By Marc Carbajo
Business charge cards are an alternate option for small businesses seeking access to additional credit. The balance on a business charge card account must be paid in full when the statement is received. It cannot be rolled over from one billing cycle to the next like a credit card.
The interest component is what differentiates a charge card from a credit card. Interest is paid on a credit card balance which can be carried to the next billing cycle. Because you can't carry a balance, business charge cards do not have a periodic or annual percentage rate.
Charge Cards Offer Credit, Personal Protection
Business charge cards afford small businesses short-term credit without having to pay costly interest fees. Since charge cards do not enable revolving debt like a credit card, they help enforce strict debt management instead of potentially letting it spiral out of control as might be the case with a traditional credit card account.
Capital is vital to growing a business, or sustaining it during tough times. Before a small business owner considers using personal credit to finance business operations, they should consider business charge cards. When applying or using charge cards, business owners should make sure that payment history is applied only to a business credit file, and not the owner’s personal credit.
Picking the Right Business Charge Card
Many banks and lenders offer business charge cards. Small business owners who would like to start shopping around for a new charge card account should look for several things in particular. First and foremost, charge card accounts to avoid are ones that report charges and payments to personal credit files and incur personal liability for purchases.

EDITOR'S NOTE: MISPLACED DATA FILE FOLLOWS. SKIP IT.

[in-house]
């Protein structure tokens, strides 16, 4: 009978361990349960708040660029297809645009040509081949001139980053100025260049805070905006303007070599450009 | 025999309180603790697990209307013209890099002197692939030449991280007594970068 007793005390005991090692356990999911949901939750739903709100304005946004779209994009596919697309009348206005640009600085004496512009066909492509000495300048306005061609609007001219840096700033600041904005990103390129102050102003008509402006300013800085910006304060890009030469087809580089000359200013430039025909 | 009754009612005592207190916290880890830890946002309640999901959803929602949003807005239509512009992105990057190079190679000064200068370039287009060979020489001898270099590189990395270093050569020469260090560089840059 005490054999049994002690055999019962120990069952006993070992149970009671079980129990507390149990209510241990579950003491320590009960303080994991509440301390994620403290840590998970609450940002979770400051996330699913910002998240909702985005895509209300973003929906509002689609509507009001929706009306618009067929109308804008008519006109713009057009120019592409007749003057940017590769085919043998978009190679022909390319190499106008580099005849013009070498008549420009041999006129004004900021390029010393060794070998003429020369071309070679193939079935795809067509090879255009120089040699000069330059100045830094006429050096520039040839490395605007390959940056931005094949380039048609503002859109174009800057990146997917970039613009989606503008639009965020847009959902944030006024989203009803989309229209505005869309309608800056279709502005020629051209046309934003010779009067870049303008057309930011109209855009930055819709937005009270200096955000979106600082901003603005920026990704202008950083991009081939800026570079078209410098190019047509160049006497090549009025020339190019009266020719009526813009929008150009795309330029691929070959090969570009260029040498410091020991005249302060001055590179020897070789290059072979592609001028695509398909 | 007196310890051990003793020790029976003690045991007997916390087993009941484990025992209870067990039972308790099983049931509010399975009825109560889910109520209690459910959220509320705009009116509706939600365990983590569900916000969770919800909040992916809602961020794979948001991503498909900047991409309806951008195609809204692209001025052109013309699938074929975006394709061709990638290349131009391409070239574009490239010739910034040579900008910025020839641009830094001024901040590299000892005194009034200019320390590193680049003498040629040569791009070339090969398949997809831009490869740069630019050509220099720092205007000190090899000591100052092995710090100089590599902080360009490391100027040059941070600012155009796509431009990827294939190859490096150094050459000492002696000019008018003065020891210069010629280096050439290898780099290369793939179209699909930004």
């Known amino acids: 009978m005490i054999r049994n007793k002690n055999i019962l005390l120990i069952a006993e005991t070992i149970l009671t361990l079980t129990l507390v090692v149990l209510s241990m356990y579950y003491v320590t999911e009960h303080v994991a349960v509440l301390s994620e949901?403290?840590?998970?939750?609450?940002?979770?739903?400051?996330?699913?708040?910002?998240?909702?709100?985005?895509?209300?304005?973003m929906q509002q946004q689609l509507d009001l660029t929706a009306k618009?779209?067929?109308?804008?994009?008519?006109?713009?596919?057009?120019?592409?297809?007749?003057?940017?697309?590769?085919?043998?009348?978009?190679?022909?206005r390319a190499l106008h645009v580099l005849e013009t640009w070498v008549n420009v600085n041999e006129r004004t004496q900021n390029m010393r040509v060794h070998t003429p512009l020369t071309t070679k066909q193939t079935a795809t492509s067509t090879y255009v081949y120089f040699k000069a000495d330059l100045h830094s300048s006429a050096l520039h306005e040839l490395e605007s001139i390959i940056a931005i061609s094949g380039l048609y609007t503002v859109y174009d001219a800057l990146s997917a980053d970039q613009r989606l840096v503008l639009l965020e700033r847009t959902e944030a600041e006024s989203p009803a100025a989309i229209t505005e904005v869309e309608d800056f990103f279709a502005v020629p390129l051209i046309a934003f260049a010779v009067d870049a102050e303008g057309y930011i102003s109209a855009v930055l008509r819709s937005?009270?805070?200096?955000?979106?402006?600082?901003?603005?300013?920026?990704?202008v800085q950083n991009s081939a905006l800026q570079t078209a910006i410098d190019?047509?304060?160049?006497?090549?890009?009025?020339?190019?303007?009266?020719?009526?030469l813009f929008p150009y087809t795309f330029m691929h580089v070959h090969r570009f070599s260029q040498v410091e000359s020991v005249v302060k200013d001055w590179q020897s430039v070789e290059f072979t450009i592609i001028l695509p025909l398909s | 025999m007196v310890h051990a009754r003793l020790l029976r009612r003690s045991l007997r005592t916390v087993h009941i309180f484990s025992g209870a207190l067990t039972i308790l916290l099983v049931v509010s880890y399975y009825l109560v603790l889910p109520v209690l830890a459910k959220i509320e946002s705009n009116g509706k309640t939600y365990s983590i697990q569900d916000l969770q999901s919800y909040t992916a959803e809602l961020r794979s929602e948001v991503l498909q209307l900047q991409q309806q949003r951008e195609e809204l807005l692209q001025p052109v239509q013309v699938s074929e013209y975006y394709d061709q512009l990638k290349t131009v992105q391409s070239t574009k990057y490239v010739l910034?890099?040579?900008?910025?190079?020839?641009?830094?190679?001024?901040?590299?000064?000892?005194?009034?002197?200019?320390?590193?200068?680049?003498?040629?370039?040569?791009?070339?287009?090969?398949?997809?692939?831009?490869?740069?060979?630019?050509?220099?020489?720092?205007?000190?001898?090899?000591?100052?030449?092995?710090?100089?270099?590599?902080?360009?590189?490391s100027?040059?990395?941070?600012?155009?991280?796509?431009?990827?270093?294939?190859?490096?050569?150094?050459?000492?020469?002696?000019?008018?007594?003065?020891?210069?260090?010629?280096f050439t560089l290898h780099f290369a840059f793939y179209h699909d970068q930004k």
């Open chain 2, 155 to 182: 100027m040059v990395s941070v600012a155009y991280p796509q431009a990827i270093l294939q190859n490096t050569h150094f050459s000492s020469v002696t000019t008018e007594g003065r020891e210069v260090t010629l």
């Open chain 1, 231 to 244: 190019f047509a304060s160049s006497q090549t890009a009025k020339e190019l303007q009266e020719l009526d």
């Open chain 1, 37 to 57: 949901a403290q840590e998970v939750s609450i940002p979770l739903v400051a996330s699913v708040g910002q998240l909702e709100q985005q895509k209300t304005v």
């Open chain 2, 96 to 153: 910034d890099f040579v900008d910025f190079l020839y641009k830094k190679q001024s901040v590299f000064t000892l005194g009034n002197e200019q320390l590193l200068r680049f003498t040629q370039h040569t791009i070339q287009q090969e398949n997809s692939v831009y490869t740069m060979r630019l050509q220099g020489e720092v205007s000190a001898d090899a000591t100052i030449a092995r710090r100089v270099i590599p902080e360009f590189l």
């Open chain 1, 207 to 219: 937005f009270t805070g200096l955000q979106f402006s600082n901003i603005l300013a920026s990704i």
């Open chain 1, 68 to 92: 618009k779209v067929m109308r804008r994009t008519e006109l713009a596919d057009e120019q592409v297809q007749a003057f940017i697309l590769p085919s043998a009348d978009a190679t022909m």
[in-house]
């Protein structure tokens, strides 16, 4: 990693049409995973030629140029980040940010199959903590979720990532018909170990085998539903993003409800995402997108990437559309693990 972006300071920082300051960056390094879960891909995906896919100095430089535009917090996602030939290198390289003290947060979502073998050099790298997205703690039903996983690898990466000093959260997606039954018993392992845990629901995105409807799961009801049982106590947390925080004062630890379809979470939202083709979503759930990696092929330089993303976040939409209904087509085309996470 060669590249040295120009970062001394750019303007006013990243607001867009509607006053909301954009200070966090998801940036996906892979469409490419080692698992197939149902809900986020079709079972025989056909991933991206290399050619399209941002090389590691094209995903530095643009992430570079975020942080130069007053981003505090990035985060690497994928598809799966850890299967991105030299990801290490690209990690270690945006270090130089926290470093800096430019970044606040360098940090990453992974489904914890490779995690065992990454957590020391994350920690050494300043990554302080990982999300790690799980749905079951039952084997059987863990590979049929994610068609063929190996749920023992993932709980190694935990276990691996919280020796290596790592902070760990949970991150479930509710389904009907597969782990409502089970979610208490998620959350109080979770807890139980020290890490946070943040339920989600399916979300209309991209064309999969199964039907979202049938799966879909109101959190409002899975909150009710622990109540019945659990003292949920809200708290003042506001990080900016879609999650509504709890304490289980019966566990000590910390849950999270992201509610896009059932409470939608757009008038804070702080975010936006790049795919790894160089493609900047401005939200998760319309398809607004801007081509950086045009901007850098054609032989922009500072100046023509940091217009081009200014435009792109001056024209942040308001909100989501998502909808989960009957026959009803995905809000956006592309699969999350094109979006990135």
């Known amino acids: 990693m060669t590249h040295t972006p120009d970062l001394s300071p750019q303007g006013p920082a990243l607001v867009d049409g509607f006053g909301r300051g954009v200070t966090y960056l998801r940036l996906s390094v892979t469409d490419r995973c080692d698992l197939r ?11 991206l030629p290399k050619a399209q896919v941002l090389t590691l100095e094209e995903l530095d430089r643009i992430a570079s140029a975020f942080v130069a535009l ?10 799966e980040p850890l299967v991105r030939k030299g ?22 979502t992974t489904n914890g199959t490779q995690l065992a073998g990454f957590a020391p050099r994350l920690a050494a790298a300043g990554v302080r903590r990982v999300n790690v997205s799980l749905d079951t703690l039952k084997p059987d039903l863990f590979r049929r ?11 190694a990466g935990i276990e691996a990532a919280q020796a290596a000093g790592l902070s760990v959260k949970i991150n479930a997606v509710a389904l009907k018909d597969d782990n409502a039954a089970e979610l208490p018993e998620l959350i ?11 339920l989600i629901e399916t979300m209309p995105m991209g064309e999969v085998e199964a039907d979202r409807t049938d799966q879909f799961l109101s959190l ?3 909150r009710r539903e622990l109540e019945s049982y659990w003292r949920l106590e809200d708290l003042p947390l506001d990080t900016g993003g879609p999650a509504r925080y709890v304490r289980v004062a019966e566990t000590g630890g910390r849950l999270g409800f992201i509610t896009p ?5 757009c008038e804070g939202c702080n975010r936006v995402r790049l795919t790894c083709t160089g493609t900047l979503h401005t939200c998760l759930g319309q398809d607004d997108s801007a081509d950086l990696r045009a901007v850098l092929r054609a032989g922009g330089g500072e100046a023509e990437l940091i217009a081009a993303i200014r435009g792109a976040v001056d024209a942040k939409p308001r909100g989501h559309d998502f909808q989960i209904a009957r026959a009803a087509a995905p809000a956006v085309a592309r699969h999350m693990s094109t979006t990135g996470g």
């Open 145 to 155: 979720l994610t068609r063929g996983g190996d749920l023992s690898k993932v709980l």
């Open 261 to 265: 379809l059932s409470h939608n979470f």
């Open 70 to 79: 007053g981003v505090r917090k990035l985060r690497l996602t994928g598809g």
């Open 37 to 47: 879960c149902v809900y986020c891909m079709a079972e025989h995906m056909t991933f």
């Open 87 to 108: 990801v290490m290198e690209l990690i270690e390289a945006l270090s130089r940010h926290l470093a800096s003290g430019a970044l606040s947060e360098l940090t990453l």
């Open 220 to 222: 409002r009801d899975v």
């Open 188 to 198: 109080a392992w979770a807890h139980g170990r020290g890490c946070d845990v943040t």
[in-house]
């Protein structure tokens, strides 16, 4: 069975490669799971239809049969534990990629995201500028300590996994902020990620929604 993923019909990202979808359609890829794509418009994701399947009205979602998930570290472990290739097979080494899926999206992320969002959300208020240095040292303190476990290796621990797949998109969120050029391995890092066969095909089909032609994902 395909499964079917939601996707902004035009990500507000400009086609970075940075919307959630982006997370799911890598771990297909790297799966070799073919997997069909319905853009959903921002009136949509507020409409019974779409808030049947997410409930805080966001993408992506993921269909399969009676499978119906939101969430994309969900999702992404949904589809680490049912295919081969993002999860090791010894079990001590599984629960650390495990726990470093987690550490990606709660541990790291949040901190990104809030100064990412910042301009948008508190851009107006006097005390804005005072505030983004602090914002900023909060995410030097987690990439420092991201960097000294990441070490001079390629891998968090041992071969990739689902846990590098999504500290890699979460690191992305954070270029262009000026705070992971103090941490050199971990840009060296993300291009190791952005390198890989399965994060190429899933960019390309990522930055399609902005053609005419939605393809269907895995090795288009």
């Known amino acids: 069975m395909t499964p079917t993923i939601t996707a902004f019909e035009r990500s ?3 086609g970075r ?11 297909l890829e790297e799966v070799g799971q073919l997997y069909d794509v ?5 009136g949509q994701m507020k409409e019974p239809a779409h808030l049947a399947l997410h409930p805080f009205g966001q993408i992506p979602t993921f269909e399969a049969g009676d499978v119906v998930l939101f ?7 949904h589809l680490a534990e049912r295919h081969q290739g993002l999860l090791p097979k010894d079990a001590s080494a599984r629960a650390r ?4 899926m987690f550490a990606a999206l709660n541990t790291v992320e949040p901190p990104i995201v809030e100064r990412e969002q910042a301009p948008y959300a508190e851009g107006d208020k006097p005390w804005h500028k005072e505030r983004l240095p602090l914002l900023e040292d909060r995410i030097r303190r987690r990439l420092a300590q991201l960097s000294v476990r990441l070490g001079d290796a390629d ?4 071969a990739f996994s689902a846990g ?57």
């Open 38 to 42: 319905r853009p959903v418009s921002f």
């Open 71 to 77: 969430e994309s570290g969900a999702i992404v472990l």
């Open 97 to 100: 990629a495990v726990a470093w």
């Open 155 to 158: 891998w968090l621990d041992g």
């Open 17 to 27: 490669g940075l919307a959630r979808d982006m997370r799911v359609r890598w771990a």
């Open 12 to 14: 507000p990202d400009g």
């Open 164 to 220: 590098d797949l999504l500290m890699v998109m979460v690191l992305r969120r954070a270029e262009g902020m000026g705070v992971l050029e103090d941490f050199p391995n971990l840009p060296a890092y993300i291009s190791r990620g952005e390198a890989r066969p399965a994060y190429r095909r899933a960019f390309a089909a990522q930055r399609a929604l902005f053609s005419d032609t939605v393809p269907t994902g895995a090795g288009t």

Stay away from these types of charge cards whenever possible because they do nothing to build up a business credit score, and they can endanger personal assets. The alternative is to select those that may require a personal guarantee, but payment history is only applied to a business credit file and not a personal credit file.
Small businesses should look for charge card accounts that:
A charge card whose approval is based solely on the creditworthiness of the business may be the best option for most companies. If a small business has already built up a solid credit profile, getting access to a charge card credit should be viable. Once approved, make sure payment history reports solely on business credit files.
It is encouraged to choose card accounts that report to credit bureaus. Just as a business that is looking to build up a credit score wants vendors, suppliers, and leasing companies to report payment experience, they should also seek a charge card account that does so. Consistent, timely payments made to a charge card account helps build a strong credit profile.
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